Four out of the five purpose-built projects surveyed had higher per sq. ft. rents than their surrounding condo projects. Within the four projects, premiums ranged from 1.4% or $0.04 psf (Jazz) to 7.2% or $0.20 psf (Minto Roehampton). Differences in unit sizes played some part in the purpose-built premium (smaller units tend to generate higher psf rents), with suites at Minto Roehampton roughly 130 sf smaller than leased condos in the area. Slight variations in location, buildings age, suite layouts and finishes, project amenities, and floor heights of the units surveyed may also explain some of the gap. However, across the four projects these differences appear to mostly balance out and the average premium for purpose-built units was 4.4% or $0.12 psf.

When including Motion, which posted lower psf rents than its condo comparables (mostly due to having a larger range of suite sizes), the average premium across the five projects falls to 1.7% or $0.05 psf. 

In the end, the results indicate that there does appear to be at least some premium achieved by purpose-built rentals over competing condo supply. All else being equal, renters tend to favour a professionally managed and secure source of housing. Of course values in new purpose-built projects can also receive a boost due to their scarcity. 

The findings are encouraging for rental operators who will continue to face competition from a high volume of investor-owned condos coming to completion in the next few years. However, beyond 2017, condo supply growth will slow considerably due to fewer project launches over the past two years. This further supports the case for considering purpose-built development today.

For more information on this research or to inquire about Urbanation’s UrbanRental reports and consulting services, please contact Shaun Hildebrand at (416) 922-2200 or shaun@urbanation.ca


Thursday, October 16, 2014

Rental Condominiums are Not Just for Downtowners

By Pauline Lierman, Director of Market Research

The focus on the sheer numbers of condominiums rented—a record 22,302 units over the four quarters up to Q3-2014—is often on the rapidly growing downtown areas of the “416”, mostly in the neighbourhoods stretching east and west of Yonge Street. Indeed, 78% of all rentals in the past year have been in the amalgamated City of Toronto, 47% which were within the former City's boundaries.
 
But what about the suburbs, aka the “905”? The 22% of rentals in the Toronto CMA that occurred in the 905 Region since Q4-2013 represents a total of 4,838 rented units. For market areas still very much associated with single family household living, this total is not inconsequential. 905 rental growth is accelerating at a pace stronger than in either area. Four quarter rental activity in Q3-2014 in the 905 region was 24% higher than the previous four quarter period. In contrast, the 416 rate was 16%. As the chart shows below, condominium rentals in the 905 region grew at a higher rate annually than in the 416 and the entire CMA in the third quarter.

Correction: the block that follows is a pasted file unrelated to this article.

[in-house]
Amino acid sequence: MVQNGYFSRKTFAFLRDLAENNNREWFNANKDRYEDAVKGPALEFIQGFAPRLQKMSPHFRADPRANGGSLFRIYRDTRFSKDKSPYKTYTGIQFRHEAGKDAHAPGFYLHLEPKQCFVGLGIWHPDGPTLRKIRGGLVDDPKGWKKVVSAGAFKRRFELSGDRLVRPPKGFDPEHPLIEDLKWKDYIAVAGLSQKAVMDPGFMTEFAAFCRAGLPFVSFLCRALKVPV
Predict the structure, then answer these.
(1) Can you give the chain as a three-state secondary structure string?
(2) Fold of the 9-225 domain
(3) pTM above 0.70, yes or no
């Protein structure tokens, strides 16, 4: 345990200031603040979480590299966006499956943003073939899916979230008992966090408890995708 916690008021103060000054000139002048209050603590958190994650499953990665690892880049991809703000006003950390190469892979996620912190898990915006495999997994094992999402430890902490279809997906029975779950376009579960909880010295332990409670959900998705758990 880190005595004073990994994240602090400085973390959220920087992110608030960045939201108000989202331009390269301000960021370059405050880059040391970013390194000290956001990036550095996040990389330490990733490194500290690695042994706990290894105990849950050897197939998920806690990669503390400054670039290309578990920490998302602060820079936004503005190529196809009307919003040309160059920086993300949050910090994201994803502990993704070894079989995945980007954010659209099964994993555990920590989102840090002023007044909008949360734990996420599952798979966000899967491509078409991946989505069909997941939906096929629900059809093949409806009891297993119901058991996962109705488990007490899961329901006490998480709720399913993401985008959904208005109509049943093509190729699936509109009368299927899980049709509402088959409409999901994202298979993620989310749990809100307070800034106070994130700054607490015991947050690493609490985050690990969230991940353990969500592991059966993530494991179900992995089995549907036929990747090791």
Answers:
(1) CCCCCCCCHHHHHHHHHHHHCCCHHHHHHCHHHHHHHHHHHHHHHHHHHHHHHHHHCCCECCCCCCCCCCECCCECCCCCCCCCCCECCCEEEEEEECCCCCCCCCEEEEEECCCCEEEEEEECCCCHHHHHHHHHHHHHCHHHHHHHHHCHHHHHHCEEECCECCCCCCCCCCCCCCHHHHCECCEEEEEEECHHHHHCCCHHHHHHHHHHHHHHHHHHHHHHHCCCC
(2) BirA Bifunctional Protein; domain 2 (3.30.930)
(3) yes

The momentum behind the growing share of 905 rentals relates to its burgeoning supply. New units from condo completions were added at a faster rate in the 905 than in the 416 over the last four quarters. While the overwhelming number of new units are still found in the 416, the area’s share of new rental units in the Toronto CMA fell from 80% to 70% between the current and previous four quarter periods. Consequently, the share of new rental units in the Toronto CMA in the 905 leaped from 20% to 30%. Higher supply tends to translate into an increase in rented units, and as the following chart shows, the share of rental transactions in newly registered building in the Toronto CMA has been rising in the 905, reaching 48% in Q3-2014. Over the past 12 months, newly registered rental units in 905 buildings comprised 34% off all new rentals, up from 15% in the prior 12-month period.
 
 



The trend toward more 905 condo rental activity can be expected to continue into 2015. New condominium sales surged in the 905 in 2011 and 2012 in a wide distribution of areas, from Markham City Centre to near the Vaughan Metropolitan Centre, Mississauga City Centre, along Richmond Hill’s Yonge Street corridor to as far west as Burlington and Milton, which will result in many new buildings. Occupied but not yet registered units increased 17% in the 905 region from a year ago, with 2,192 new condominium units nearing their final closing. With rental rates on average hovering around $2.00 psf in the main 905 market areas, all this new inventory will likely have an inflationary effect on this small and growing market.

 


Monday, September 29, 2014

Linking Condo Activity with the Stock Market


Much of the business section in recent weeks and months has been devoted to columns questioning the sustainability of stock market index levels. The S&P/TSX Composite Index closed the second quarter at its highest level ever, up 25% year-over-year, with the value at the end of the fourth week of September 10% higher than at the beginning of the year.
Some explanations offered for the recent run-up include stronger oil prices, surging bank stocks and industrials, discounts in relation to U.S. stocks, improving economic growth and central bank commitments to hold interest rates low for an extended period of time.